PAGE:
The Robert Wood Johnson Foundation, one of the major proponents of reducing childhood obesity, has issued a two-page progress report (PDF download) on American states where the situation has improved and their beliefs about why.
Philadelphia has seen 20 years of effort by its Food Trust to promote the availability of fresh foods in small neighborhood stores and encourage the establishment of more supermarkets in areas where they are needed. The city has also concentrated on making connections between schools and farms, and facilitating the acceptance of food stamps by farmers markets. In the mid-2000s, the report says, the city began making stronger efforts to ensure that nutritional standards in schools were improved.
In New York City, the RWJF says:
New York City requires chain restaurants to post calorie information on menus and licensed day care centers to offer daily physical activity, limit screen time, and set nutrition standards. During the past 10 years, the city established active design guidelines for architects and planners and created the Green Cart and Healthy Bucks initiatives to help lower-income families buy local produce.
Mississippi began to deal with the inadequacy of school vending machines in 2006. The following year, the Healthy Students Act reinforced this by improving the school food and beverage offerings even more, and enacting rules for more physical activity.
Starting in 2008, Mississippi’s Childcare Licensure Division helped facilitate the Color Me Healthy program and training classes to create a healthier environment in childcare centers. Mississippi’s Fruits and Veggies — More Matters program reached more than 15,000 residents in 2009 through worksite wellness programs, health fairs, and school events.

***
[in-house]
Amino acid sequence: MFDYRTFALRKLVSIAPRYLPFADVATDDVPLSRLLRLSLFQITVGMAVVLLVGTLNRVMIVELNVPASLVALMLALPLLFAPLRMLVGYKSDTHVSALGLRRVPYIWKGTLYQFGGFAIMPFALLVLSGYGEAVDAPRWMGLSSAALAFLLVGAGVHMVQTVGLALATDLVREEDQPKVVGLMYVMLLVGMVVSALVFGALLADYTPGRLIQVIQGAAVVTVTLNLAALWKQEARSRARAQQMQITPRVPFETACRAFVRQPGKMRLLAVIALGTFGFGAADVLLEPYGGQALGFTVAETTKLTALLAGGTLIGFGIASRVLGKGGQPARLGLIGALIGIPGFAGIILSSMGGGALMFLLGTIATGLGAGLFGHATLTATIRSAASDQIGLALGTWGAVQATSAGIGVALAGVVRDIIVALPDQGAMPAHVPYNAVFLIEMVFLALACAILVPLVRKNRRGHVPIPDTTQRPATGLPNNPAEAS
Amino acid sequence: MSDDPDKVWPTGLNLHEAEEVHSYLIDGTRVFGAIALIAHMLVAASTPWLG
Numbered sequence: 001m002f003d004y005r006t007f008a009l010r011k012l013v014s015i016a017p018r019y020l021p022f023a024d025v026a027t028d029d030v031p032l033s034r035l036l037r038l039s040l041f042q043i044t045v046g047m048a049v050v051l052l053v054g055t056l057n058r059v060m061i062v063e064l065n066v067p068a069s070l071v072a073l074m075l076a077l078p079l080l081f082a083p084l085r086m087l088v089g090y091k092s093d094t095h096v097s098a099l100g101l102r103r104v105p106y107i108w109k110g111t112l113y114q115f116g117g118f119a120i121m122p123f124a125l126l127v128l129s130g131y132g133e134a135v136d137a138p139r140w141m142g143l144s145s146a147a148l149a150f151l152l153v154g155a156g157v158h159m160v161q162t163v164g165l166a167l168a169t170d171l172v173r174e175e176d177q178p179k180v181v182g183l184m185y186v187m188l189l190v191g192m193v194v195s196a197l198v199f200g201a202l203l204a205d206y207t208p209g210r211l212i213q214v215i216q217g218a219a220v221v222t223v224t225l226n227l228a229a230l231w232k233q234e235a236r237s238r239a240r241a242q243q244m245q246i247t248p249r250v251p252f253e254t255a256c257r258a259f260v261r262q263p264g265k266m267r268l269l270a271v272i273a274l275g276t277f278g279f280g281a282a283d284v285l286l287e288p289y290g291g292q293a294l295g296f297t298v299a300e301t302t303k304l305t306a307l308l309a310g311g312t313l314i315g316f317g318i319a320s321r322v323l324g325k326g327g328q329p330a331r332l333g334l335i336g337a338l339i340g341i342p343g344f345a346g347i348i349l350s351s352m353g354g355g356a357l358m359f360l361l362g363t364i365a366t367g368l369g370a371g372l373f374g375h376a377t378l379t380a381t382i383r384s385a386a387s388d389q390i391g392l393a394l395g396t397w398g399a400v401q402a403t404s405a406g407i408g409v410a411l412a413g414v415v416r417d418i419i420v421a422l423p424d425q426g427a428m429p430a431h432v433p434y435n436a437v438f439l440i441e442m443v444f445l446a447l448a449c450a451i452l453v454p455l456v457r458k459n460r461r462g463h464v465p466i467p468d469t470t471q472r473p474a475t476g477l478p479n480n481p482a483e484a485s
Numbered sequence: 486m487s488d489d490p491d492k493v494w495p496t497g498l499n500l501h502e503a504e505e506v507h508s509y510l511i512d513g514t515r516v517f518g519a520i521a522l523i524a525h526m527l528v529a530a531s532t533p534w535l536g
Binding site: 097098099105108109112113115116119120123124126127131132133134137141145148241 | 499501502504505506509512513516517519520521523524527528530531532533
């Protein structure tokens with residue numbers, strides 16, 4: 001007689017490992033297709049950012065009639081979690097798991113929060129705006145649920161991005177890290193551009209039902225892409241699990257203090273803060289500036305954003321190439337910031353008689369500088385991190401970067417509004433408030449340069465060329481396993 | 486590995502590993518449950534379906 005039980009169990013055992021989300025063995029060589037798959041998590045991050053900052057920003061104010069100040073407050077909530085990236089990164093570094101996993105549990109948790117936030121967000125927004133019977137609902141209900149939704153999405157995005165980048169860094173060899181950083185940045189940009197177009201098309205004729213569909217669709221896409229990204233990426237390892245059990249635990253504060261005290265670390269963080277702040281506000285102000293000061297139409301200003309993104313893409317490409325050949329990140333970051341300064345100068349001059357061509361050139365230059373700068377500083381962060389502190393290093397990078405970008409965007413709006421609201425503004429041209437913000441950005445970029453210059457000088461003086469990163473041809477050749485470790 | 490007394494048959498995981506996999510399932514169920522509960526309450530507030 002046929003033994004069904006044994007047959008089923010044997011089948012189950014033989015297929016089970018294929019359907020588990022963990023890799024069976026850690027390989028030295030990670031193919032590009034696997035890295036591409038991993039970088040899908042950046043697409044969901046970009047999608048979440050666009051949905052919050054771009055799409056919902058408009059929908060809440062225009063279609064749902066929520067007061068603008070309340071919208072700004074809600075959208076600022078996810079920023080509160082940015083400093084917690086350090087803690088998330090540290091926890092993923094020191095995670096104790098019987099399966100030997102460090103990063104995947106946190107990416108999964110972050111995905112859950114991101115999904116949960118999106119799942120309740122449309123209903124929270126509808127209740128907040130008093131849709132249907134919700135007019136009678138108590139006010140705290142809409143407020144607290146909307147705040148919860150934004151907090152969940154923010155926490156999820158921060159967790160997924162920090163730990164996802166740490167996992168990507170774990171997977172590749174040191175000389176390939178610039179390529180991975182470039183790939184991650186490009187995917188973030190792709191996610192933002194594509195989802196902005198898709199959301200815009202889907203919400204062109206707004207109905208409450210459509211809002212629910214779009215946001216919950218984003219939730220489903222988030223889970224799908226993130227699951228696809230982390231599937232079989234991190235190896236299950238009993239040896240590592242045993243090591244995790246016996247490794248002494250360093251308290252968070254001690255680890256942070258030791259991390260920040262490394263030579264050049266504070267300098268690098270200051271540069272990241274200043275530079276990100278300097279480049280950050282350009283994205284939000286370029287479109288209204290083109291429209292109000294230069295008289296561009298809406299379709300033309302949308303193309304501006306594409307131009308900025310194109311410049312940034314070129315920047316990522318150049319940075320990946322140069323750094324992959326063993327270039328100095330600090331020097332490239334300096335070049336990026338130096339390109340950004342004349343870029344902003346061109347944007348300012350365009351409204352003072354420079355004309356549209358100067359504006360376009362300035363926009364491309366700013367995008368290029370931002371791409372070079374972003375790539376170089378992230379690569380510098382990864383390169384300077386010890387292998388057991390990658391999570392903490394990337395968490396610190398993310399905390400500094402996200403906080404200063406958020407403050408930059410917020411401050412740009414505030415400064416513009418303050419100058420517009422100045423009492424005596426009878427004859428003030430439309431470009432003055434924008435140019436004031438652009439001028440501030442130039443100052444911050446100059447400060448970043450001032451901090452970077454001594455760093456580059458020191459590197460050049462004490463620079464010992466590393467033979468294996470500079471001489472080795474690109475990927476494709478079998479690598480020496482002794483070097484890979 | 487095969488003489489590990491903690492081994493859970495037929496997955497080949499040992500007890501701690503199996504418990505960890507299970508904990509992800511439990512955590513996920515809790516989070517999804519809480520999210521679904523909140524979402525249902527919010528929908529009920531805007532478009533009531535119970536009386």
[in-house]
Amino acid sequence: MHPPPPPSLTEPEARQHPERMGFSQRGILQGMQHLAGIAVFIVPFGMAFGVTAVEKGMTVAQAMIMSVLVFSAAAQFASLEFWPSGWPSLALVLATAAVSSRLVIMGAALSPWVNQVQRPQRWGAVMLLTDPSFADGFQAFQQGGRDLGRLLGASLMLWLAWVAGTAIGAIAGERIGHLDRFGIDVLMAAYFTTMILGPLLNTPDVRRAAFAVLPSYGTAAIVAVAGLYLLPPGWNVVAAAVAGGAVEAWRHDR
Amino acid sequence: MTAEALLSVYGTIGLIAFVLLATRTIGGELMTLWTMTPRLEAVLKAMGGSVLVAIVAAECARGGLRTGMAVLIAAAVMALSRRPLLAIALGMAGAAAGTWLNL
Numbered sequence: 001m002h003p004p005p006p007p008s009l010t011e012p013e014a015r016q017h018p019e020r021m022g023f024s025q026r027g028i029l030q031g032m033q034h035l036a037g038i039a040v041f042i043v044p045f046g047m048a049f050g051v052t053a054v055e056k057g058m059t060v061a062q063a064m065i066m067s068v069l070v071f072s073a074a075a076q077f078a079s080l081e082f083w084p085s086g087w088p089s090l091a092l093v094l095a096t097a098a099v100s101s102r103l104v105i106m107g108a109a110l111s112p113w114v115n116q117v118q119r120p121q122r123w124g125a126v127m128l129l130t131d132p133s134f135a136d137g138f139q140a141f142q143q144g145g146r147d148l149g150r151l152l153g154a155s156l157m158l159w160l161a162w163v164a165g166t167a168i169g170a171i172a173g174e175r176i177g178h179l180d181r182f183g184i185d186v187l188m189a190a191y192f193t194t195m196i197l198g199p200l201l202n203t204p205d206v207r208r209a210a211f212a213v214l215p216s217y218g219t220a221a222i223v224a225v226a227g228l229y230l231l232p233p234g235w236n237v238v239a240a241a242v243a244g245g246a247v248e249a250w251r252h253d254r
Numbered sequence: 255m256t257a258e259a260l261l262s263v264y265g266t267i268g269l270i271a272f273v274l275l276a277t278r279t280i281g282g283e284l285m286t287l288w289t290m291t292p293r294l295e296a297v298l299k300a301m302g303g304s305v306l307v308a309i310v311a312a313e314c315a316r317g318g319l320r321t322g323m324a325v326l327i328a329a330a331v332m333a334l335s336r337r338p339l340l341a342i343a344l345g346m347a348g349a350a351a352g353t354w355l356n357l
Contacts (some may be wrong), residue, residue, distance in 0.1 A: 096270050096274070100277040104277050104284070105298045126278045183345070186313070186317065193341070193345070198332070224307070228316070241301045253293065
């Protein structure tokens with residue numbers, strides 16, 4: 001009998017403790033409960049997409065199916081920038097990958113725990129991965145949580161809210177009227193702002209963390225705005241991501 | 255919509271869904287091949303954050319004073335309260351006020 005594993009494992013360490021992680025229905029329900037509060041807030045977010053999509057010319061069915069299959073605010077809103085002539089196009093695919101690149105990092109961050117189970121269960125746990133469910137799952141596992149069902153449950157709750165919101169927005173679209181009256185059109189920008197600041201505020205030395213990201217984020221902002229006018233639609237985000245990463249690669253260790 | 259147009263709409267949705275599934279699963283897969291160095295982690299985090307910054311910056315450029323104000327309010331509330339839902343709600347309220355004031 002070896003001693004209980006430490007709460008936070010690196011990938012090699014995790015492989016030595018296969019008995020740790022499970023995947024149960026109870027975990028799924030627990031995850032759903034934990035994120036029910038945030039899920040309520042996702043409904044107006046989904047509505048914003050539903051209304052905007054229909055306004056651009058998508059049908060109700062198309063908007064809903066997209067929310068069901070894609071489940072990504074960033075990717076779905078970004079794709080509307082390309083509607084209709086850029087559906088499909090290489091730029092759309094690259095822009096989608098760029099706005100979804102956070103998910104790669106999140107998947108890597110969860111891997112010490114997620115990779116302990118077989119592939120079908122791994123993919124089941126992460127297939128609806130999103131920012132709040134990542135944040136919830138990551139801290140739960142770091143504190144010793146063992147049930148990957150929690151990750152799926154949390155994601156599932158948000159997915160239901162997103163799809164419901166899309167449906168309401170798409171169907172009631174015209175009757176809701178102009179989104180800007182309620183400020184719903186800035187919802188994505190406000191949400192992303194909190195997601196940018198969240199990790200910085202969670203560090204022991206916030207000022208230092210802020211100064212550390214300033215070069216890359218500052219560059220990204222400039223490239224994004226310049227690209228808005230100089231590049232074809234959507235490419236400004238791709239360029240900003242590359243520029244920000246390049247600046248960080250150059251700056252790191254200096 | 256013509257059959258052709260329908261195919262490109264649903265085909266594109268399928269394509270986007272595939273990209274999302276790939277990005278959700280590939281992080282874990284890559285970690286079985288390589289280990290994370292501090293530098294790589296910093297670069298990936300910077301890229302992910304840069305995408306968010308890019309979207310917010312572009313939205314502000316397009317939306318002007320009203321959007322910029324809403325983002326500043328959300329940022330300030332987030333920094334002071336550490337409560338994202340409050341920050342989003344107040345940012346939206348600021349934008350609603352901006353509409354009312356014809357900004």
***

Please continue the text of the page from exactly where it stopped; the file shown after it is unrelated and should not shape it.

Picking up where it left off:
California paid legislative attention to school snacks starting in 2007, and banned soda pop and other sugar-sweetened drinks from schools in 2009, which seems to have resulted in the state’s students taking in 158 fewer calories per day than kids in some other states, a difference which adds up over time. California also encourages its cities to make it easier for kids to walk or bike to school.
California journalist Melissa Healy raises the question of how much childhood obesity damage might be reversible, citing a meta-study that hashed over the results of 63 previous research projects. Obese kids have unhealthy cholesterol levels and other disorders of the metabolism, high blood pressure, and thickened heart muscles. Healy wonders:
If a chubby child’s bad cholesterol numbers revert to normal as she grows up and slims down, does she retain a greater-than-normal likelihood of developing cardiovascular disease? Will the abnormally thickened heart muscle of an obese, sedentary boy correct itself if he becomes a veggie-chomping gym rat, or will it always threaten him with the prospect of chest pain, shortness of breath and sudden death?
She also quotes an editorial that originates at the Institute of Child Health in London, which makes some worrisome points, though in much more formal language. One reason why the public’s attention might be difficult to maintain is the “long latency” of the constellation of childhood obesity issues. For instance, a policy like removing sugar-sweetened beverages from schools could take two or three years to show any real results. The authors also employ elegant British terminology to mention the “ennui borne out of a repetition of problems without answers,” a phenomenon that Americans might call childhood obesity burnout.
Your responses and feedback are welcome!
Source: “Declining Childhood Obesity Rates: Where Are We Seeing the Most Progress?,” Robert Wood Johnson Foundation, 09/12
Source: “Childhood obesity like climate change: Outlook is up in the air,” LA Times, 09/26/12
Image by USAG – Humphreys.